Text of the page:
The message I’m trying to get across to young girls and women in the music business is: “Be who you are.” It’s super frustrating to watch anyone shrink or change themselves to achieve a goal that they want, or to be able to put their art out into the world. How can you truly be an artist if you have to temper yourself?
SV: So you called the first party Girls Gone Vinyl back in May 2006. Were people into the title or concept? Where did it go from there?
MD: I didn’t know where it was going to go, or what it was going to be, but I wanted it to be a place that women from around the world could meet each other and create networks amongst themselves, because it was very hard to get into that boys network. The more you meet people like you — like attracts like — the broader your reach can be. So that was always the major goal, to have the event at the festival, and then via the social media connections and meeting each other in person, to grow the network of how many industry women knew each other.
I knew so many women who, like myself in Detroit, had been one girl amidst a bunch of guys in electronic music enclaves in New York, San Francisco, Italy, Berlin… so I was trying to connect those girls with each other from around the world, and then give them a platform to play in the Mecca of electronic music, Detroit. I wanted to create a platform for them to play and put their art out in the very place that had inspired them to become artists in the first place.
I continued to do the event every year, and grow the amount of women who were meeting and inspiring each other, and they were moving up in their careers.
SV: How did it shift and evolve?
MD: A big reason this became important to me is because I have a daughter. I realized that, as a young girl, when you’re only seeing men’s names, men on posters, men at events, how does a young girl look up and say, “I can do this, too”? Music festival lineups were five percent women at the time. How do young girls even know that they have a possible chance to do it? How do they even know the stories and paths that other women have taken to get into the business?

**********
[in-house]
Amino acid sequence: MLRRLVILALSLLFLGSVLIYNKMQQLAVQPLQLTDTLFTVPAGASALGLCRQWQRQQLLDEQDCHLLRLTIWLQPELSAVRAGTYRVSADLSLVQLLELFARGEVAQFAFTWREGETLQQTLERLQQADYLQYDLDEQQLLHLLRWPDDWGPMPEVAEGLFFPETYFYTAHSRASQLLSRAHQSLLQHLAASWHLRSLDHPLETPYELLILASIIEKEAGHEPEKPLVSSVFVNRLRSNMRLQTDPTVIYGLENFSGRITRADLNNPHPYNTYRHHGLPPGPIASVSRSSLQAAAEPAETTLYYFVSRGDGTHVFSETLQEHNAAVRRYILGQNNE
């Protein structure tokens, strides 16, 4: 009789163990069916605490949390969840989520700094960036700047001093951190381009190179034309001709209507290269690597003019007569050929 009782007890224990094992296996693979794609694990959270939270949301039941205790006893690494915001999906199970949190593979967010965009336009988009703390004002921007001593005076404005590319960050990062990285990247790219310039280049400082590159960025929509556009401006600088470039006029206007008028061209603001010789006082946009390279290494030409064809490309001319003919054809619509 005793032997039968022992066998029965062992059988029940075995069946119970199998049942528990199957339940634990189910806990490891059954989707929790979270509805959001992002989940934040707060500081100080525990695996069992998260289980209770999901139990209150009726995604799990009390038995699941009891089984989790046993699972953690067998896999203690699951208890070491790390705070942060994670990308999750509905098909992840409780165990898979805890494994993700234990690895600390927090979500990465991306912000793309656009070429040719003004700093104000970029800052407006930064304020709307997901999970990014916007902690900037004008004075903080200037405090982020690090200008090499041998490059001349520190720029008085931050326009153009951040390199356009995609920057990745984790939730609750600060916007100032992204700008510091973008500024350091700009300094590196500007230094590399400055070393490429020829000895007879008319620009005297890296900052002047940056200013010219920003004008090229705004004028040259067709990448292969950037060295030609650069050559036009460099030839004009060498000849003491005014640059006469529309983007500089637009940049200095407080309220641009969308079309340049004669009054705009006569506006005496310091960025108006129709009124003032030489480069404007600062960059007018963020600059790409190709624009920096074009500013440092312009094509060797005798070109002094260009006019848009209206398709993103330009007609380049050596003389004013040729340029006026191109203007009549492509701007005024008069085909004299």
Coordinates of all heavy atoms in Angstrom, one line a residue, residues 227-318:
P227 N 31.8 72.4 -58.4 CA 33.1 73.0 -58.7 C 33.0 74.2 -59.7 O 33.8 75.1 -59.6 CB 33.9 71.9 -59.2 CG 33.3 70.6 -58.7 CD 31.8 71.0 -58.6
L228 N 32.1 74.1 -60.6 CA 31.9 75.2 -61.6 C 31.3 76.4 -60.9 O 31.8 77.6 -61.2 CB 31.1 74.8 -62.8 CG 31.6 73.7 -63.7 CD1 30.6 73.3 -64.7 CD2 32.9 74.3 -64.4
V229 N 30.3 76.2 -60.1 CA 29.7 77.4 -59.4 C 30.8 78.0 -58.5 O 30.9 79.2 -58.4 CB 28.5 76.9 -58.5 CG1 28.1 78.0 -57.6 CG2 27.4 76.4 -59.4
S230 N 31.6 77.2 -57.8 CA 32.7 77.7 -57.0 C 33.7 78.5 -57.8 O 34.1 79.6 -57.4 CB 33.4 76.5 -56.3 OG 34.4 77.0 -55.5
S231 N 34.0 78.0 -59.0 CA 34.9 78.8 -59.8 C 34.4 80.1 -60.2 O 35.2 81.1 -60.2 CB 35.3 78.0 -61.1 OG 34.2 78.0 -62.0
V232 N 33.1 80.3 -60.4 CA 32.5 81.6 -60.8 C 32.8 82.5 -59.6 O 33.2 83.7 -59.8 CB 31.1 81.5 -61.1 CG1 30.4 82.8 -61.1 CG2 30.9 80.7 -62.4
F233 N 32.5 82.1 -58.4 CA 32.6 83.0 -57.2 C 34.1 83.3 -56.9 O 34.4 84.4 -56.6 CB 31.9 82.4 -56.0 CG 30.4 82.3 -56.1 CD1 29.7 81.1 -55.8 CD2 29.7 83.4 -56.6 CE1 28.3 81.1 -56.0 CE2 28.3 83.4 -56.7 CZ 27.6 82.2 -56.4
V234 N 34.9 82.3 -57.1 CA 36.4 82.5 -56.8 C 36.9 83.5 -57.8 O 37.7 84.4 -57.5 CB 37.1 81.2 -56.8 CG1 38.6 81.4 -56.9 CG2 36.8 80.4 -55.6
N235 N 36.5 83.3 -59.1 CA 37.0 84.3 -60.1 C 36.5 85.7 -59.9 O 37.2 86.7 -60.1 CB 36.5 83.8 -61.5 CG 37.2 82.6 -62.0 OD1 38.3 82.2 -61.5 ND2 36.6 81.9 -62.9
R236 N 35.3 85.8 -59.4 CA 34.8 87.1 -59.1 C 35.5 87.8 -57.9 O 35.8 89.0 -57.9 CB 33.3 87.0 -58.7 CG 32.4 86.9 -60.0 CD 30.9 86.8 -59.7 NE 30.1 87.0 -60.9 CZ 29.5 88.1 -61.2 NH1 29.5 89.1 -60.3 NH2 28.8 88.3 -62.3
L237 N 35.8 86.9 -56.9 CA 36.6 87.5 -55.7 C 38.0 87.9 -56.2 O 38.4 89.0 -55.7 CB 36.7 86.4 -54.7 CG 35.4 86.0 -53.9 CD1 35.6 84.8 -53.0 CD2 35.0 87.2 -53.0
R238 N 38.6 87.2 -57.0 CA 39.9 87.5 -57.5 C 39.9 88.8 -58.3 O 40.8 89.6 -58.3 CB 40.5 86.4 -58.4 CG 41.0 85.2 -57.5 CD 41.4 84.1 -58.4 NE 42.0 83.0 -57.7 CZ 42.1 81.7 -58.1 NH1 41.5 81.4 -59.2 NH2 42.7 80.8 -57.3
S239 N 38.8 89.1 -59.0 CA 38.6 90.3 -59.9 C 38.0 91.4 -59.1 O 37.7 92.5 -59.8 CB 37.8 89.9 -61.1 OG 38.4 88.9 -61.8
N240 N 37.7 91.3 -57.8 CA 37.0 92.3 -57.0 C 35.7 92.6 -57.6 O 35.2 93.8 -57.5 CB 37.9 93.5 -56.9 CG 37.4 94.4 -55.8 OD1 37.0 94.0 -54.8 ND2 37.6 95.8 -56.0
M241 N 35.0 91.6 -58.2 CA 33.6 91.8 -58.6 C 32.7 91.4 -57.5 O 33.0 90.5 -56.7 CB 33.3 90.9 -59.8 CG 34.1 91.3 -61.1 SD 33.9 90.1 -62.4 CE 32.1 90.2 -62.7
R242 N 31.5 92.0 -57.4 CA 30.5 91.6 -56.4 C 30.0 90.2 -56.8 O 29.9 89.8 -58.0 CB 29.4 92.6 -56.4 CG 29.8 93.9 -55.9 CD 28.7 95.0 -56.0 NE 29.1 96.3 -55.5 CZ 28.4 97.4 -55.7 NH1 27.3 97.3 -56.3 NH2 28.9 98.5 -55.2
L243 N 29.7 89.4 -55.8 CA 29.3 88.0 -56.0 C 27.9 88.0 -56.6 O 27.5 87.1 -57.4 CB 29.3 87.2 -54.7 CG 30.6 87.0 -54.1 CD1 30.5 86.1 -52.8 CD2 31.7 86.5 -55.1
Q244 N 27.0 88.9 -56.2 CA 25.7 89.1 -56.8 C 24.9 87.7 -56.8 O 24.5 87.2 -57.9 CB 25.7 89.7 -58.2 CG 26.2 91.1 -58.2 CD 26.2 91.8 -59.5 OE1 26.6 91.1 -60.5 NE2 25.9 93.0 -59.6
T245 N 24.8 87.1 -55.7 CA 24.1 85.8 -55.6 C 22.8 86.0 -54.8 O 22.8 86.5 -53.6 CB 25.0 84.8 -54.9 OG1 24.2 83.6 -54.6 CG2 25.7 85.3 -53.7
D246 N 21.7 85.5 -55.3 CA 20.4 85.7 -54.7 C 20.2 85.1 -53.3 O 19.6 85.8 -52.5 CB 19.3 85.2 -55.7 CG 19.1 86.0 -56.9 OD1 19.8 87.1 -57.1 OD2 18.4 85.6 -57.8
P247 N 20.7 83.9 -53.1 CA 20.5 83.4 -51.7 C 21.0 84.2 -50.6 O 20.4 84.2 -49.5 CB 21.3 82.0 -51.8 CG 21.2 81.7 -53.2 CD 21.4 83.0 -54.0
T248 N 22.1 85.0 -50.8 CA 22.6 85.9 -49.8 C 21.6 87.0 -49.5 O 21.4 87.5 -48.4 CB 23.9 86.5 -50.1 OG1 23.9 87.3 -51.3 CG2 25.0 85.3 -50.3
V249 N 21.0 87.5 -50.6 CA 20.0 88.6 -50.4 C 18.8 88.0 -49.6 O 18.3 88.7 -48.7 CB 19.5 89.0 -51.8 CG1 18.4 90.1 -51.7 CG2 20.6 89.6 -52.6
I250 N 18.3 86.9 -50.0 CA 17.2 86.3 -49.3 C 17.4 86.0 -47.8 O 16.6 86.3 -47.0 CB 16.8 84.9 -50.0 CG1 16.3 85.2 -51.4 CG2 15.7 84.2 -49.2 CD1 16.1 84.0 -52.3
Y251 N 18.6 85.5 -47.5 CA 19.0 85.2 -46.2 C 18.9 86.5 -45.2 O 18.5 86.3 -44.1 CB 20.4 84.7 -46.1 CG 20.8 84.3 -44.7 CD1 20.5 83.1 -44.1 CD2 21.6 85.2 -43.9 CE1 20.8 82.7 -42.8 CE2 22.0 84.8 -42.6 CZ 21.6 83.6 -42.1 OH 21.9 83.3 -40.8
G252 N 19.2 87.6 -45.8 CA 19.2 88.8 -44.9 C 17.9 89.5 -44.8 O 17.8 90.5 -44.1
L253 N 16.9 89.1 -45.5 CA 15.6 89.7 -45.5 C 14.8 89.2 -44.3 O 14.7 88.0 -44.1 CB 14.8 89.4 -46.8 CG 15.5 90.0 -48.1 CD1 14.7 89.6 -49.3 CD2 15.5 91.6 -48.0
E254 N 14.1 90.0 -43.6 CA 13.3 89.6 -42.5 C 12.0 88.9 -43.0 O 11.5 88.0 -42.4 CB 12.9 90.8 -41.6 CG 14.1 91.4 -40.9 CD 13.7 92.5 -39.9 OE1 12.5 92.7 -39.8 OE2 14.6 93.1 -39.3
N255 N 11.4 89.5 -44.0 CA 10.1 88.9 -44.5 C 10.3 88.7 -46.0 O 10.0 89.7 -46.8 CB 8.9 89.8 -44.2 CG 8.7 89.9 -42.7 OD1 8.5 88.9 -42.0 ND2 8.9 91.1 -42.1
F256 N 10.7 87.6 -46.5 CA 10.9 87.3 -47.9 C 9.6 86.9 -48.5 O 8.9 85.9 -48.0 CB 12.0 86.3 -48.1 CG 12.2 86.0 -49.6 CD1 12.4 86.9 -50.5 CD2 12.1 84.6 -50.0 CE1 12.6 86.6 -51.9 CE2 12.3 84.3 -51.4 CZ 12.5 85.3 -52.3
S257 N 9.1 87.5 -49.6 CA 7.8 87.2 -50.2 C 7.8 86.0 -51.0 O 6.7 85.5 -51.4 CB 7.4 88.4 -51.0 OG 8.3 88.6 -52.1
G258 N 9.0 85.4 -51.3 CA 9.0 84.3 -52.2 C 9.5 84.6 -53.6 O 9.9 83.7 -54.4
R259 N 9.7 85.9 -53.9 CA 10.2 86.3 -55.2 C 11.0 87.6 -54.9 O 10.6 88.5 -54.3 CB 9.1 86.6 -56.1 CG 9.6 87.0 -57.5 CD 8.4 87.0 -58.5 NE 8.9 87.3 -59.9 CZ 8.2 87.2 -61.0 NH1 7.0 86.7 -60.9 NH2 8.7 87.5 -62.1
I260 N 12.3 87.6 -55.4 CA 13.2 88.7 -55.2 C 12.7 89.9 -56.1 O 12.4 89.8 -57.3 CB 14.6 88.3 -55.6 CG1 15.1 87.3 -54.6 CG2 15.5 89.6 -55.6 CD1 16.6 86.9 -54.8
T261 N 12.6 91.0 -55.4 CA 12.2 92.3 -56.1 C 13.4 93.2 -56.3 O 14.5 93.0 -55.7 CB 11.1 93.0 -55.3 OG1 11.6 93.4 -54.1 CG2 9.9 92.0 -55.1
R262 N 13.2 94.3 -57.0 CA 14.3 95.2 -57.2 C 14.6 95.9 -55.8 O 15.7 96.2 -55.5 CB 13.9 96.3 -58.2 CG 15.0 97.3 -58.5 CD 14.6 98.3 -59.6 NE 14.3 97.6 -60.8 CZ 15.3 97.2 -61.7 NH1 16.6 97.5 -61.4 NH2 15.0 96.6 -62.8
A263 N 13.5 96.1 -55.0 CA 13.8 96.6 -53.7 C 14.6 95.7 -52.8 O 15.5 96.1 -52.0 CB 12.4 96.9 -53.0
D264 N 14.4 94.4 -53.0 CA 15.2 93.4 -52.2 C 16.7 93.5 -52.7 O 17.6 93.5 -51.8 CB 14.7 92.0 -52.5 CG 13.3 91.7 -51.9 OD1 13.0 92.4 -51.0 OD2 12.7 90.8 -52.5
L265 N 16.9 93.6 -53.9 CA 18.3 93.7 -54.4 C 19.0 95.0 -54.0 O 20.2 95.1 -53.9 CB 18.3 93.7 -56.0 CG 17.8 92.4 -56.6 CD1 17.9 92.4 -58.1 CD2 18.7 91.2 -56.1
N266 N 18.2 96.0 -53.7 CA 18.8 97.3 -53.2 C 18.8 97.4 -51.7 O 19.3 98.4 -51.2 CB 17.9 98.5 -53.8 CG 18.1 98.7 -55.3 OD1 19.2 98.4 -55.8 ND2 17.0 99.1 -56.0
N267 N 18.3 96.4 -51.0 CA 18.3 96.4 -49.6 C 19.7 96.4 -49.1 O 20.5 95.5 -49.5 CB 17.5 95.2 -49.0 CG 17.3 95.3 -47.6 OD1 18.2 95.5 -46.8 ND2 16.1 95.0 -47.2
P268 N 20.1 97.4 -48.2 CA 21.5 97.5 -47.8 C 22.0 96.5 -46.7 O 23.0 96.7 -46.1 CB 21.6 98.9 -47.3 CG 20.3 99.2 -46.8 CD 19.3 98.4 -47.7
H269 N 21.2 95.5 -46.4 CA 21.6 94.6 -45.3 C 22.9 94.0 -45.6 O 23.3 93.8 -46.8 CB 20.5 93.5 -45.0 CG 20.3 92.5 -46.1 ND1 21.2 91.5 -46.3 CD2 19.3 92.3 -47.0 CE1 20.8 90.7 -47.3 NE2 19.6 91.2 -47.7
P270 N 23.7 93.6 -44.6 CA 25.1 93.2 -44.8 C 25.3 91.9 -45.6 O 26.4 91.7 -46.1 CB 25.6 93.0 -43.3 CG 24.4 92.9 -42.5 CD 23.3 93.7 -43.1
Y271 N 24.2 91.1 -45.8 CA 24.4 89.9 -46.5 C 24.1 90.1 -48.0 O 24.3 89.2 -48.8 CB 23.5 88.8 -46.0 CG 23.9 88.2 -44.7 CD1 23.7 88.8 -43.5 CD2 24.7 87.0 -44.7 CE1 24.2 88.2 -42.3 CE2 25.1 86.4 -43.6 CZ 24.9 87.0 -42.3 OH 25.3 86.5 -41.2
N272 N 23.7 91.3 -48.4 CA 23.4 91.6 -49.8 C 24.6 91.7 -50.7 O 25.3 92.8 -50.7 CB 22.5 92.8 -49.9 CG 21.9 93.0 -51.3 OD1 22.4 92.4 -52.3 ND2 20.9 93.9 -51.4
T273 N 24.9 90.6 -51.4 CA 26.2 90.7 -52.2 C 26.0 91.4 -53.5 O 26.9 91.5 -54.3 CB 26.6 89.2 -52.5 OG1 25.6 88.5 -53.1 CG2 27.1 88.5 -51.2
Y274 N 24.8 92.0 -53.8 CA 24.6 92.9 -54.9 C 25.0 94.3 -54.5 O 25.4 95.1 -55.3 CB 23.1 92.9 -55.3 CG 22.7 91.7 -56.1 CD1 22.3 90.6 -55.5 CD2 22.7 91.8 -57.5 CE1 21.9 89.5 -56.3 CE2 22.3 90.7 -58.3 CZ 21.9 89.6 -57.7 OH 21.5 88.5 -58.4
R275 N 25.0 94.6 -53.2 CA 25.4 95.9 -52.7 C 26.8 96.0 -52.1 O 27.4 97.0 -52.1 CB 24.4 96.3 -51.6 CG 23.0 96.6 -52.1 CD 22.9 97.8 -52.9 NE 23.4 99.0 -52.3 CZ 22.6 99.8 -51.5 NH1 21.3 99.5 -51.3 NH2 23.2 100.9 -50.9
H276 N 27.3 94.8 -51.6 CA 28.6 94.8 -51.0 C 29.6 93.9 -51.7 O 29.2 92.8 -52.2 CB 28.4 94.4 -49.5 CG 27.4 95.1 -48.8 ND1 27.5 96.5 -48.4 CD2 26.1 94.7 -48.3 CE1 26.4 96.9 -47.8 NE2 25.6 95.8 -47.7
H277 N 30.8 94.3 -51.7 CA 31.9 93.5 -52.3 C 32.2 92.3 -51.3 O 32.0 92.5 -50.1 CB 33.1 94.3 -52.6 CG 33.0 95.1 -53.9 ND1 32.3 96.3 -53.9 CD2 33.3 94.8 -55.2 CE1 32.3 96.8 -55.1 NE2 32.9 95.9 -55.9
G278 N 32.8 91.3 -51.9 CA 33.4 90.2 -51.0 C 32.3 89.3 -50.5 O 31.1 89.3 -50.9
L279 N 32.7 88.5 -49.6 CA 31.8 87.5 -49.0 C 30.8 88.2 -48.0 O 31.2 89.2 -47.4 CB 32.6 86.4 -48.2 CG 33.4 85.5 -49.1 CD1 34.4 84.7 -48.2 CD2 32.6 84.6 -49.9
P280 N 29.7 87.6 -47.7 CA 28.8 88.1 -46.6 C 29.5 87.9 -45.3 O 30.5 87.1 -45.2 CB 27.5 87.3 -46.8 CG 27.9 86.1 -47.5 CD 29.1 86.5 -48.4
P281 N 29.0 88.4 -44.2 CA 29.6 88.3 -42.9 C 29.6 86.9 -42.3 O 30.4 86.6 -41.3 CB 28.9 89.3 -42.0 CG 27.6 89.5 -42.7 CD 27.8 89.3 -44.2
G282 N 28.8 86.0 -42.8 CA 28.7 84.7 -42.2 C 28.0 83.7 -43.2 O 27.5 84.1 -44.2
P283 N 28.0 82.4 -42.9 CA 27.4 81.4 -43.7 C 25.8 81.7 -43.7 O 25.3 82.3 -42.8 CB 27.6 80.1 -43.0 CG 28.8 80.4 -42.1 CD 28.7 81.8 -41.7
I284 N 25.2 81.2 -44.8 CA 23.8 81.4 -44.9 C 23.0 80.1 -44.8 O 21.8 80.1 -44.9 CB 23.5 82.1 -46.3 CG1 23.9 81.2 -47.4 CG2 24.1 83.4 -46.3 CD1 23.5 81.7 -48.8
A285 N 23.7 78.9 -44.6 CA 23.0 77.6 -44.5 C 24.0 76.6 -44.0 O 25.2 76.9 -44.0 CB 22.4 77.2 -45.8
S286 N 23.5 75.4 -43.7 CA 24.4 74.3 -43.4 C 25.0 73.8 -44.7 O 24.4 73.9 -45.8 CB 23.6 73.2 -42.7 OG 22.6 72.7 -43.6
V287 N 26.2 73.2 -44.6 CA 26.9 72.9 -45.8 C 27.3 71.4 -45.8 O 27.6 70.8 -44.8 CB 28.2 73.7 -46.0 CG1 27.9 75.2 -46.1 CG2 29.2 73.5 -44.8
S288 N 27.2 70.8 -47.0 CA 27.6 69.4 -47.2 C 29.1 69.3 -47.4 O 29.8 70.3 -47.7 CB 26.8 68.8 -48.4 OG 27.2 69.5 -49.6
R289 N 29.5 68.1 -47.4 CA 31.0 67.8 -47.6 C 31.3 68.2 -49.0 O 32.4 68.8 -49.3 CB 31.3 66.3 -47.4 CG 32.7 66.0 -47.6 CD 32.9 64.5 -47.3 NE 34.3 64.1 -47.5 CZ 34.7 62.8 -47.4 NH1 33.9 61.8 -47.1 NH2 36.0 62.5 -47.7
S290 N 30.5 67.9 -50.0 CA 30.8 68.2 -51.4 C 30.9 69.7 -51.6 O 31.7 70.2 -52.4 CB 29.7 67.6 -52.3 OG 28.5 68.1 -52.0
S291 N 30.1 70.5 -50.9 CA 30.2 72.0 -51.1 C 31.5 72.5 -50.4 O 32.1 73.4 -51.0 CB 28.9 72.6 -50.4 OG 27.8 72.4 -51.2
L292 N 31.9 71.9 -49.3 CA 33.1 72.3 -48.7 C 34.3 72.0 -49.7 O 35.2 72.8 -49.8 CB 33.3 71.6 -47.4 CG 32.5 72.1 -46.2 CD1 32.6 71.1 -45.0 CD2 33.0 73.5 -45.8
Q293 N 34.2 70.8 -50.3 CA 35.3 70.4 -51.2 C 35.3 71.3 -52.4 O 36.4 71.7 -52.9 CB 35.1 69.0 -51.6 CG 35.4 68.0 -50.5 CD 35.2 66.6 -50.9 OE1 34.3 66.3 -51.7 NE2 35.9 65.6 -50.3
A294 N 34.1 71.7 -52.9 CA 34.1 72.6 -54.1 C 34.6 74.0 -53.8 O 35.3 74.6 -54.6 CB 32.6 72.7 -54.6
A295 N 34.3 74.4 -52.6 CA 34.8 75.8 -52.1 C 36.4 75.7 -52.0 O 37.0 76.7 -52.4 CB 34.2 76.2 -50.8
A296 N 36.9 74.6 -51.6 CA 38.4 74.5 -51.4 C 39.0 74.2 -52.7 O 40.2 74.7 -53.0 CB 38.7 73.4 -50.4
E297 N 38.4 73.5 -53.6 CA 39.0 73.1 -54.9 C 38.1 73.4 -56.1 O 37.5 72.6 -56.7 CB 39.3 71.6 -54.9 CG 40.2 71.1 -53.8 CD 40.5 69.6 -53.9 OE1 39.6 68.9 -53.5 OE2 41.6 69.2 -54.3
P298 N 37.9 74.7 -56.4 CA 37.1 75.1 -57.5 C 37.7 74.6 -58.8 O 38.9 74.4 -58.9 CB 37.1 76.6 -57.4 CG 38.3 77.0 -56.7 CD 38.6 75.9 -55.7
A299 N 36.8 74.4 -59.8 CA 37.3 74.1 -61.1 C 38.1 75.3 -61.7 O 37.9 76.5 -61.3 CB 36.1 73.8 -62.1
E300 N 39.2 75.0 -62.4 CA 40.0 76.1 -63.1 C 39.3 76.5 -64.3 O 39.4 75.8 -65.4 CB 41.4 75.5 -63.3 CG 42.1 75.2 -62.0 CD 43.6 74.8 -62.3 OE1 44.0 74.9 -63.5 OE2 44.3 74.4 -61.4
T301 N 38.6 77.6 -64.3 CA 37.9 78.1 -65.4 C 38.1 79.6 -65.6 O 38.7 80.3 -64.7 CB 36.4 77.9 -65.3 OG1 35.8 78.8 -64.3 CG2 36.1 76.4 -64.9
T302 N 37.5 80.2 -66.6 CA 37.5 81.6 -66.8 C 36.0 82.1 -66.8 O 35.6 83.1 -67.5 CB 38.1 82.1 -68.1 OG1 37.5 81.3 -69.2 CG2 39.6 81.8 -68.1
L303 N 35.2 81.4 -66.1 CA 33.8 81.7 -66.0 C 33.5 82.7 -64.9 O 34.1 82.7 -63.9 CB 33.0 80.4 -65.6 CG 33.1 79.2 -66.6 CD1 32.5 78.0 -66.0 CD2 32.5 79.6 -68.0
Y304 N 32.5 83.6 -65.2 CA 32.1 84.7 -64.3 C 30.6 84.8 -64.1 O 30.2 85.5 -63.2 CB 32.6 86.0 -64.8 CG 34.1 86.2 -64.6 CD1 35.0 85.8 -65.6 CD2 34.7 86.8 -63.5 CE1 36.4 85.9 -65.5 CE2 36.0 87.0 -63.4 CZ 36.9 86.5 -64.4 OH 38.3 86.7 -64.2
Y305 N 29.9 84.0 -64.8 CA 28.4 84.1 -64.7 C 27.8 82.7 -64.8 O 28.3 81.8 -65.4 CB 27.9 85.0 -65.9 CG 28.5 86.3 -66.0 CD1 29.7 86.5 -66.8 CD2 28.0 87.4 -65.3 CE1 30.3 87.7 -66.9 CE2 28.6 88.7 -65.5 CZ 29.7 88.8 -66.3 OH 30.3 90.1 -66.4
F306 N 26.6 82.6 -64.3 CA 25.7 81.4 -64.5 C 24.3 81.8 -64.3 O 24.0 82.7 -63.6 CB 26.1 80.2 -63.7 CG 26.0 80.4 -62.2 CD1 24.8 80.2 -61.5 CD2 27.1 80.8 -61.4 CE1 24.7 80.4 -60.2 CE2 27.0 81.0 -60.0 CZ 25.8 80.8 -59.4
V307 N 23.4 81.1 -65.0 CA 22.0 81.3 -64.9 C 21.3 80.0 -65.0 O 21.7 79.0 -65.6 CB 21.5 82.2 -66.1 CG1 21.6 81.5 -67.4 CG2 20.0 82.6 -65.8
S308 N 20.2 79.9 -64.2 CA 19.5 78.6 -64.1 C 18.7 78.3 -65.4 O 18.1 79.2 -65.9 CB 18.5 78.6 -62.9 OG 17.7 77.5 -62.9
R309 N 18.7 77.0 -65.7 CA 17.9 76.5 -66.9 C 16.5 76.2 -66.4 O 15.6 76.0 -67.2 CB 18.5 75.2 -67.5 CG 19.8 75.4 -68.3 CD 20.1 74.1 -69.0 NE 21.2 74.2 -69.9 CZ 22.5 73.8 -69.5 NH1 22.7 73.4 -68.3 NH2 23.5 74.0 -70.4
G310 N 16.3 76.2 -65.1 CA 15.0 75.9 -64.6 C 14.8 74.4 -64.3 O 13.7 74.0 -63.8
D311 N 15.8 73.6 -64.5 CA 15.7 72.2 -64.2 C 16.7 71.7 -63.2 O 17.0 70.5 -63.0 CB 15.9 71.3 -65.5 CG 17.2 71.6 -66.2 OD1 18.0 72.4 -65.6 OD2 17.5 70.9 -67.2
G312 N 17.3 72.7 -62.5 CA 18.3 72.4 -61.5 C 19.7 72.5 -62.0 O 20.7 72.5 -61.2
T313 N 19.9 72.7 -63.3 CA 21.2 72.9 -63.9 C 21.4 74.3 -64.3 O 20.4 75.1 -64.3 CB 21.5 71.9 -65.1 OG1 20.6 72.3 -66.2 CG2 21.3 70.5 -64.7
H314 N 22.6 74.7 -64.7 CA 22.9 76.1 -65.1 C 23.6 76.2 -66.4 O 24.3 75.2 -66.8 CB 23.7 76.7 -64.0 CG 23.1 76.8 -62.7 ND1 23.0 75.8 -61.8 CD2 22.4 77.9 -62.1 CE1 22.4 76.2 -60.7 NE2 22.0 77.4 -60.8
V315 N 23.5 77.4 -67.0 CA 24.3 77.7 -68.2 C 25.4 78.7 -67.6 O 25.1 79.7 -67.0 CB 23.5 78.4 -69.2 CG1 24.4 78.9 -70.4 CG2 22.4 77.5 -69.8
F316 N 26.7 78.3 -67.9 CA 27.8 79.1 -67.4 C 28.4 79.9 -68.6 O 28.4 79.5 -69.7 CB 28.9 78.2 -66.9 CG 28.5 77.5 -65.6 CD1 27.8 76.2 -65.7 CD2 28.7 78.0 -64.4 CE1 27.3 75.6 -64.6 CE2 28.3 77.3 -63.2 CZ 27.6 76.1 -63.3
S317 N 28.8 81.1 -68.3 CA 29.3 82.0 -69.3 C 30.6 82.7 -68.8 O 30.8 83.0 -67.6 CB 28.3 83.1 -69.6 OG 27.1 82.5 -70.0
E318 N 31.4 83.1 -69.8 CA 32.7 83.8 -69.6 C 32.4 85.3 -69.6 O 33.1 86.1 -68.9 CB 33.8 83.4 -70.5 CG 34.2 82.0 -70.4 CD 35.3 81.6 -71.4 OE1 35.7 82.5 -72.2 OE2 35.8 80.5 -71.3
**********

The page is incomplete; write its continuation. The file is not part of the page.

While I was asking these kinds of questions, I happened to meet a woman locally, Jenny Lafemme, who has a film production company. Jenny is a DJ as well. We were talking one night, and we thought, “Why don’t we take this party on the road and film the stories of these women around the world?” We wanted other women, young and old, to see and hear the stories that led other women here. So that’s how the documentary side of it came about, in 2010.
We raised $15,000 on [crowd-funding website] Kickstarter and went to five different countries, interviewing over 100 women and five men who are in this business. We filmed over two years, all the while doing GGV events throughout… Amsterdam, Berlin, London, Ibiza, Detroit, Miami, Chicago… We were doing GGV parties all around Europe and North America. Then we still kept the annual Detroit party during the electronic music festival here.